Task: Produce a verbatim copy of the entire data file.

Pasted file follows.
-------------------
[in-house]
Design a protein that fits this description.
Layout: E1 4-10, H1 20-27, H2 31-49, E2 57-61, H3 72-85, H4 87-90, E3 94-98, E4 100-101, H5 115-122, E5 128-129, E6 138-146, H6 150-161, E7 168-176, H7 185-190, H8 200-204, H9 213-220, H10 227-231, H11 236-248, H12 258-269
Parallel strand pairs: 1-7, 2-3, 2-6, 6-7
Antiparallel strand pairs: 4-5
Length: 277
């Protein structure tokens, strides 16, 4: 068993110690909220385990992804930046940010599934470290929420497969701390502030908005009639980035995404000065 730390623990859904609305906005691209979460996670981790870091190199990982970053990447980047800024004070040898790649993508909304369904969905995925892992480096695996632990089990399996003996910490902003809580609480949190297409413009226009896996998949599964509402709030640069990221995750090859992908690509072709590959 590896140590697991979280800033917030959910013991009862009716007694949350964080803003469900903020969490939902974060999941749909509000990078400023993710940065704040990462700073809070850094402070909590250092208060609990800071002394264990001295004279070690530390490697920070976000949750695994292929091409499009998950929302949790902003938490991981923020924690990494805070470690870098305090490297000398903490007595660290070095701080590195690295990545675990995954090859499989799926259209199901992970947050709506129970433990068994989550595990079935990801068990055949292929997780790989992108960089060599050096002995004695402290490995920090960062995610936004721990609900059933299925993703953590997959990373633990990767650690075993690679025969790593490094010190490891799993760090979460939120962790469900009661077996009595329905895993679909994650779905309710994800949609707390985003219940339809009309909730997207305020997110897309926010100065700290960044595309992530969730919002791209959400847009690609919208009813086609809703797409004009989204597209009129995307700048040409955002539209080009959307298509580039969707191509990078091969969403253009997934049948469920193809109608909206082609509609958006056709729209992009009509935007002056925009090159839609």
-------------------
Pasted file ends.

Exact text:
[in-house]
Design a protein that fits this description.
Layout: E1 4-10, H1 20-27, H2 31-49, E2 57-61, H3 72-85, H4 87-90, E3 94-98, E4 100-101, H5 115-122, E5 128-129, E6 138-146, H6 150-161, E7 168-176, H7 185-190, H8 200-204, H9 213-220, H10 227-231, H11 236-248, H12 258-269
Parallel strand pairs: 1-7, 2-3, 2-6, 6-7
Antiparallel strand pairs: 4-5
Length: 277
């Protein structure tokens, strides 16, 4: 068993110690909220385990992804930046940010599934470290929420497969701390502030908005009639980035995404000065 730390623990859904609305906005691209979460996670981790870091190199990982970053990447980047800024004070040898790649993508909304369904969905995925892992480096695996632990089990399996003996910490902003809580609480949190297409413009226009896996998949599964509402709030640069990221995750090859992908690509072709590959 590896140590697991979280800033917030959910013991009862009716007694949350964080803003469900903020969490939902974060999941749909509000990078400023993710940065704040990462700073809070850094402070909590250092208060609990800071002394264990001295004279070690530390490697920070976000949750695994292929091409499009998950929302949790902003938490991981923020924690990494805070470690870098305090490297000398903490007595660290070095701080590195690295990545675990995954090859499989799926259209199901992970947050709506129970433990068994989550595990079935990801068990055949292929997780790989992108960089060599050096002995004695402290490995920090960062995610936004721990609900059933299925993703953590997959990373633990990767650690075993690679025969790593490094010190490891799993760090979460939120962790469900009661077996009595329905895993679909994650779905309710994800949609707390985003219940339809009309909730997207305020997110897309926010100065700290960044595309992530969730919002791209959400847009690609919208009813086609809703797409004009989204597209009129995307700048040409955002539209080009959307298509580039969707191509990078091969969403253009997934049948469920193809109608909206082609509609958006056709729209992009009509935007002056925009090159839609």